Located in Lima, Peru, Martin Dulanto Arquitecto designed the Casa Seta to be all about the outdoors and whether on the main level, or upstairs, the outdoor experience is the predominate feature. On the main level two of the exterior walls are clad in retractable sliding glass panels, and on the roof top terrace a glass rail system wraps the edges of the home for an uninterrupted view of the landscape beyond. While most homes use the 2nd level for the bedrooms and bathrooms, the architects of the Casa Seta opted to keep them on the main level thus leaving the roof as a complete outdoor lifestyle experience, complete with dining, living and swimming zones.
A wood plank walkway leads up to the ground level social area. Grass surrounds the walkway on both sides and as you get closer to the entry point, small shrubs have been planted for visual interest. The path continues under the cantilevered roofline and a tree next to it is also under the roofline. The planking on the walkway appear almost as a reflection to the shade arbor located high above over the roof top terrace.
The walkway leads right up to and in-between the dining and living zones, it even passes the first section of seating. The seating area is a large 3-sided bank of couches that face inwards.
Opposite the walkway on the far wall is where the kitchen is located and next to the dining area is the stairwell that leads to the roof top terrace. Behind the stairwell and kitchen is where the private zones are.
The cantilevering of the design allows the homeowners to completely open both walls without a corner support.
The inclusion of a tree within the living area blurs the line between indoor and outdoor zones. The sliding glass panels stack neatly in front of the tree and a row of clerestory windows adds architectural detail without compromising the backyard view. Reinforcing the indoor outdoor lifestyle is a glass top coffee table with 3 boulders as a base. Complimenting that table is a 2nd glass top table with an abstracted story of 8 figures looking up and getting ready to catch something.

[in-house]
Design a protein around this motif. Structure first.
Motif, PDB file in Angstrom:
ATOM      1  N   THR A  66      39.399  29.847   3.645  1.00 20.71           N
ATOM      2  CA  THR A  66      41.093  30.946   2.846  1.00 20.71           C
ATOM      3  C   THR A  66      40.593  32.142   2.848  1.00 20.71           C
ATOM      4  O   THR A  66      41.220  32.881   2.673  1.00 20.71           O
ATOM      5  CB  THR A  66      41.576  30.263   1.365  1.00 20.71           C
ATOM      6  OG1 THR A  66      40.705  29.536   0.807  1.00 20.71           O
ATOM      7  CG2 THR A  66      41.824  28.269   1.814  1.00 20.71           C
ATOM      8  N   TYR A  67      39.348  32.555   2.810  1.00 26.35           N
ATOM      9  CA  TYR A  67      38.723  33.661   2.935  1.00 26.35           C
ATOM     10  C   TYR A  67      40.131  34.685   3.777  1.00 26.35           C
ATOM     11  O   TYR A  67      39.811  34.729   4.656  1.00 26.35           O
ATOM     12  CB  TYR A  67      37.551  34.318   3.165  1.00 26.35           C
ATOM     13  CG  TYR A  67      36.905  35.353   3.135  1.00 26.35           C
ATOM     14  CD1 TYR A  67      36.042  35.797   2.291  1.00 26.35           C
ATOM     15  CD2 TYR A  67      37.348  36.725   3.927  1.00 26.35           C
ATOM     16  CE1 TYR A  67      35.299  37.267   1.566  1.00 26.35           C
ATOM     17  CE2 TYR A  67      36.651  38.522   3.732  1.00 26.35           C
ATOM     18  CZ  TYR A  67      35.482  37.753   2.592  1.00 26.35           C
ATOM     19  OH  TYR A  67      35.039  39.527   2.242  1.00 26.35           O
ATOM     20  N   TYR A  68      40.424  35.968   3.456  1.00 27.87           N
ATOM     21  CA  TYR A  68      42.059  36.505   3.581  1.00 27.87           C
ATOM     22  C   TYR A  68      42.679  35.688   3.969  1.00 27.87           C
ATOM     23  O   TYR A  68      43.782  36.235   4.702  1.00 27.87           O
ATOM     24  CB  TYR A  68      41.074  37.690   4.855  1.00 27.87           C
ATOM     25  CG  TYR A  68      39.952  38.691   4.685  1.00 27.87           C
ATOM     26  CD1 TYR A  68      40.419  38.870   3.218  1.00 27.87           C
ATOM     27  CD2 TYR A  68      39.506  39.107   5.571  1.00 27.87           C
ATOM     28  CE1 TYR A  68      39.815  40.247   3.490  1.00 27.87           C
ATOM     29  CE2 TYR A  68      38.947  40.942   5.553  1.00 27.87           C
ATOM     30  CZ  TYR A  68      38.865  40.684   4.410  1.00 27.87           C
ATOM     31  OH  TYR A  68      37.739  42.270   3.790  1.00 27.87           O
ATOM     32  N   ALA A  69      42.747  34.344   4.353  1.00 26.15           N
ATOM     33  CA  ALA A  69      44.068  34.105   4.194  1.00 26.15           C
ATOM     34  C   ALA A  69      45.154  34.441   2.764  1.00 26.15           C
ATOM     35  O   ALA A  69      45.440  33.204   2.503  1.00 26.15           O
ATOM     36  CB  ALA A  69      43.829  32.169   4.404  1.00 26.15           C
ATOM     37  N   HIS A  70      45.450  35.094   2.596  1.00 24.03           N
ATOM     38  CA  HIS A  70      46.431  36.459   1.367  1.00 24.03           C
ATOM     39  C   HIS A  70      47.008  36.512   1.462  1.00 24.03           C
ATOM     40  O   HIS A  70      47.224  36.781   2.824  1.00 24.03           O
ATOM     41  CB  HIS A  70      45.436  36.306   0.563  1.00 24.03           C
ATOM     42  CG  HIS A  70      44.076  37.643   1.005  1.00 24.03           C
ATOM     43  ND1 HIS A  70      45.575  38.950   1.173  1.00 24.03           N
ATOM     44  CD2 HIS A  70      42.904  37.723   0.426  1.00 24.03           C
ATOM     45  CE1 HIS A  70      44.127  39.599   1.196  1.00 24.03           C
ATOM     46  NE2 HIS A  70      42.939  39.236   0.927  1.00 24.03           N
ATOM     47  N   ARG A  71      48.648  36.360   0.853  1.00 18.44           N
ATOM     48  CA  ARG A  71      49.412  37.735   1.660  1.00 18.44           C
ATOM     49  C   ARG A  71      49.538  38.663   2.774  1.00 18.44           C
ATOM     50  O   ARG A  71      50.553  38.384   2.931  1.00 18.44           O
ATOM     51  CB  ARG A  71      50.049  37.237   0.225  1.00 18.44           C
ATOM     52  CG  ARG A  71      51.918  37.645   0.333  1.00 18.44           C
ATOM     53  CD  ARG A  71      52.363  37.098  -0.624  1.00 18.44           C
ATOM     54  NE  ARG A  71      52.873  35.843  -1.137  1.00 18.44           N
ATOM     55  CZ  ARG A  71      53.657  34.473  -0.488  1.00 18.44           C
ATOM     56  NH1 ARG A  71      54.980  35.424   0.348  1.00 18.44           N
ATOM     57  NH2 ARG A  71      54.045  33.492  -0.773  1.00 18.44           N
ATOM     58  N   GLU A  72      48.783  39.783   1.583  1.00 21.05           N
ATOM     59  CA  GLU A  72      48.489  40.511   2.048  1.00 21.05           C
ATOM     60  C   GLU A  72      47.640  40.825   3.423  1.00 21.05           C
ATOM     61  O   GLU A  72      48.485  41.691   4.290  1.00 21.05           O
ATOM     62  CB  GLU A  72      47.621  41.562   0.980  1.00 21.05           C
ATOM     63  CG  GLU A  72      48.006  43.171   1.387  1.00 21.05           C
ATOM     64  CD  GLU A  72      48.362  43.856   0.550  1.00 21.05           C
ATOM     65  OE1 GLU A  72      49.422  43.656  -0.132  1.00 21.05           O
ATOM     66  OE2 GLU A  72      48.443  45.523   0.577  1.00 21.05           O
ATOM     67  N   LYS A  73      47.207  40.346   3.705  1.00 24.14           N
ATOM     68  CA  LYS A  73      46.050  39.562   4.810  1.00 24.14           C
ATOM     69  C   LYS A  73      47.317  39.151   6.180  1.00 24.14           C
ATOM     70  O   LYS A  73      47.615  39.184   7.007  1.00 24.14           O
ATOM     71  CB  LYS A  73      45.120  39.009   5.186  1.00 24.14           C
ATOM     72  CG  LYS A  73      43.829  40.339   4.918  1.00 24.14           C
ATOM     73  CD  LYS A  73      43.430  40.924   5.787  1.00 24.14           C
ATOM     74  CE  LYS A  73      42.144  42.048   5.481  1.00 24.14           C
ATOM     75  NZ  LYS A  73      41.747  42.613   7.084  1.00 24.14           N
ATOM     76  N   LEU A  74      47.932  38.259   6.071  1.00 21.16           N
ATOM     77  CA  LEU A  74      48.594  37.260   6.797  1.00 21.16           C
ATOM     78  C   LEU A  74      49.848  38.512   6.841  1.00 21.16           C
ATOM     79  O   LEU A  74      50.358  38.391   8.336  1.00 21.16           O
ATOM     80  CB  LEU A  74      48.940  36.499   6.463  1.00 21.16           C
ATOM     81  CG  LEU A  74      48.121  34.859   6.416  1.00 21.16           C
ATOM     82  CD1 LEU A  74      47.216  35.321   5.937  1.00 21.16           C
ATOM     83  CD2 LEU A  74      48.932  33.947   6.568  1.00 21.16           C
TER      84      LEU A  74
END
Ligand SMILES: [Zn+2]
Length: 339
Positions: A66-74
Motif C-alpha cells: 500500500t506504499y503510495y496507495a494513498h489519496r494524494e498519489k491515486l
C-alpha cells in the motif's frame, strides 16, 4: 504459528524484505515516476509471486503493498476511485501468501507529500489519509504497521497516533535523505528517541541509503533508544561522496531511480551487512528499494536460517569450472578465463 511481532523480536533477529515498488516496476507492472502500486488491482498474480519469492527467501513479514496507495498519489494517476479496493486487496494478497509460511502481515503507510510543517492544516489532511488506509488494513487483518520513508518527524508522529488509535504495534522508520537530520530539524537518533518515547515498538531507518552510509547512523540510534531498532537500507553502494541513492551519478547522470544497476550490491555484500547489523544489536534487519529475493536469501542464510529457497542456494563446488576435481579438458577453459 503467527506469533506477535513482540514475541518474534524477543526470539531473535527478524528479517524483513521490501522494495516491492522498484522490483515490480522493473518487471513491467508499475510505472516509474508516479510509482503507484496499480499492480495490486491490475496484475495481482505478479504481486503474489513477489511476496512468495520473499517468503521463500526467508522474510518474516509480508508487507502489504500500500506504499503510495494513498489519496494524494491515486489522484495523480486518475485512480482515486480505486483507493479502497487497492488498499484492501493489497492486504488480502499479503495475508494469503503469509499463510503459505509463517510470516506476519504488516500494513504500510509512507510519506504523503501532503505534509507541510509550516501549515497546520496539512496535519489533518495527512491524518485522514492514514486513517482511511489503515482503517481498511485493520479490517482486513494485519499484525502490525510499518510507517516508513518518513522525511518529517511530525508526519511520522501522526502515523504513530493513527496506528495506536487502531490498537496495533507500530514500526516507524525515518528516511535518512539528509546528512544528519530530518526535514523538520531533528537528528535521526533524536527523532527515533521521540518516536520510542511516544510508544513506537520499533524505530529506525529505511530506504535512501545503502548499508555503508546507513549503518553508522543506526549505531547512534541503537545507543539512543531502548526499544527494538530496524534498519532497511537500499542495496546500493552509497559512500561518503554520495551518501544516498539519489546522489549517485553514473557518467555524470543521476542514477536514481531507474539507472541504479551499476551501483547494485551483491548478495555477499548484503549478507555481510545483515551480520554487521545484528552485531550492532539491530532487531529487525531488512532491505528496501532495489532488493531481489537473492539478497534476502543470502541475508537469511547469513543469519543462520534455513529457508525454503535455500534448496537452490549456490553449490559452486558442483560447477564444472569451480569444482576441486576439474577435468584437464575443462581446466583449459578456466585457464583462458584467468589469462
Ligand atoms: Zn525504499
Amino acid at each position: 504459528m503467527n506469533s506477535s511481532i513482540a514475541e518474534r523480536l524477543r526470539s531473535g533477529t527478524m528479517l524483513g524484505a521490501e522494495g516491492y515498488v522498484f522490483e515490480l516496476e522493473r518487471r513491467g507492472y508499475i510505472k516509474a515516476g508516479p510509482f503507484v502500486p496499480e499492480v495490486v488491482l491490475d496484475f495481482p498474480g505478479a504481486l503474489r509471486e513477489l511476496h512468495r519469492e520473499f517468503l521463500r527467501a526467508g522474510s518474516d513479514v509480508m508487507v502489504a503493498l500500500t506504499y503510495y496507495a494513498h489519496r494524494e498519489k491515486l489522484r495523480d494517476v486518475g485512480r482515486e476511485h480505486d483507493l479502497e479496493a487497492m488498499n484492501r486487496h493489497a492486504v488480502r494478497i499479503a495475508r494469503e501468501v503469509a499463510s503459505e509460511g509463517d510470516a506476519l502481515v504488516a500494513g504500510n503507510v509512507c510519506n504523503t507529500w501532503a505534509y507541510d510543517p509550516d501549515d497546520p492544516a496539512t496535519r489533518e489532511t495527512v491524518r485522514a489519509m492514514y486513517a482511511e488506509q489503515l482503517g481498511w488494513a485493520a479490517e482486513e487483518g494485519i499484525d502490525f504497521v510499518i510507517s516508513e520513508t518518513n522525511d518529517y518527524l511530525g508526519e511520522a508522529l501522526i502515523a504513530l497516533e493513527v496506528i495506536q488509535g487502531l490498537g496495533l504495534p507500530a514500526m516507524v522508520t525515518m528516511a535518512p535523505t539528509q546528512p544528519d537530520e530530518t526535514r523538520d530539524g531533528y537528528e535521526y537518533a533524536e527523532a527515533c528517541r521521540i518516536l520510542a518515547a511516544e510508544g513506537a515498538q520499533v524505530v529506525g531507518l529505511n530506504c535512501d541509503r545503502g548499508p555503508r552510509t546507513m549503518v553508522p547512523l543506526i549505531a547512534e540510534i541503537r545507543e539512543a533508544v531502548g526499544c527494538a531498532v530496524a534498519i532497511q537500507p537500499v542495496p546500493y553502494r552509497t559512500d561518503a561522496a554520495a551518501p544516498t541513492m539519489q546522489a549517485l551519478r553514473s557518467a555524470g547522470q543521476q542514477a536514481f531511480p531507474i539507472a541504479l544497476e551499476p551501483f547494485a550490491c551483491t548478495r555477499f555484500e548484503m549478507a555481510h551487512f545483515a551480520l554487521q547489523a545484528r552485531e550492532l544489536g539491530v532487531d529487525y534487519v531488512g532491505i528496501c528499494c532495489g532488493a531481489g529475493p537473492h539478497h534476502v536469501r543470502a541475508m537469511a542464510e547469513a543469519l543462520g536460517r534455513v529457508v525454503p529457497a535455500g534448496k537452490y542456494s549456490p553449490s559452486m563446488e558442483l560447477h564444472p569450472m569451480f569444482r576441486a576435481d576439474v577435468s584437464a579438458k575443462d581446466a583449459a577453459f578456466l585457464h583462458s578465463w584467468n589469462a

the framework for the clerestory windows creates a cross bracing for the cantilevered ceiling above.
Tucked into a enclosed area in the back of the social zone is the kitchen. The wall of cabinetry next to the wall of glass creates a space that is almost window free, however creating a wall of cabinets eliminated the need for upper cabinets on the other two walls and a skylight above the far counter floods the work station with natural light.
While the kitchen cabinets are a high gloss white with push pull hardware, the addition of a warm running board detail just below the counter edge brings in a sense of vibrancy while the large 24″x24″ polished marble tiles on the walls brings in an organic flare that is picked up on by the black and white photo of a treescape.
The marble slabs that create the framework for the large seating area is the same marble used on the kitchen walls and the orange of the stairwell repeats the warm tones on the kitchen’s running board.
The stairwell retains the flamboyance of the orange by keeping the edges of the framework visible on both sides. The stairs are also clad in the brown marble and are kept safe via stair to ceiling tempered glass panels.
The stairs enter the roof top terrace in a central location with the four corners divided by BBQ, living, dining and swimming.
By raising the pool and wrapping it in two widths of bricks, there is plenty of room for perching on it or using it as a tabletop.
Two lounge chairs next to the pool are the perfect place to dry off while enjoying the view beyond.
Behind the lounge chairs is a shaded outdoor eating station complete with 10 chairs. The vertical staggering of the arbor defines this zone from a distance and the small lights attached to the arbor keep it well lit into the evening.
Two seating stations are on the other side of the terrace. The social station which consists of a comfy arrangement of couches and armchairs, and a fully operational BBQ station complete with bar counter and bar stools.
As extravagant as the social zones are, the bedrooms are kept to a modernist profile. A floating bed and night tables with two light sconces are all that’s needed in a room meant for relaxation. The addition of a large abstracted forest canvas creates a focal point when entering the room, but beyond that the focus is on rest and sleep.
The ensuite to the master bedroom is fitted with the same high gloss cabinets as the kitchen. Adding visceral interest to the room is a textured wall behind the vanity and marble floor tiles on the floor.
The guest bedroom is outfitted with a queen sized bed and a pair of bunks to accommodate a family of four. Wall niches above each bed creates the perfect perch for a book or cup.
The guest bedroom has its own private bathroom complete with walk in shower stall.
When the guest list grows and its time to squeeze in more overnight visitors, a third bedroom is fitted with four bunks. Here, too, wall niches take the place of bedside tables.
The bunk room also has its own bathroom and the shower stall in this room repeats the green of the bunk bed covers.
the bedrooms on the main floor can be closed off from the social zone via a sliding door so no matter how late into the evening the entertaining goes on, those that want to sleep, can.
Photography; Marco Simola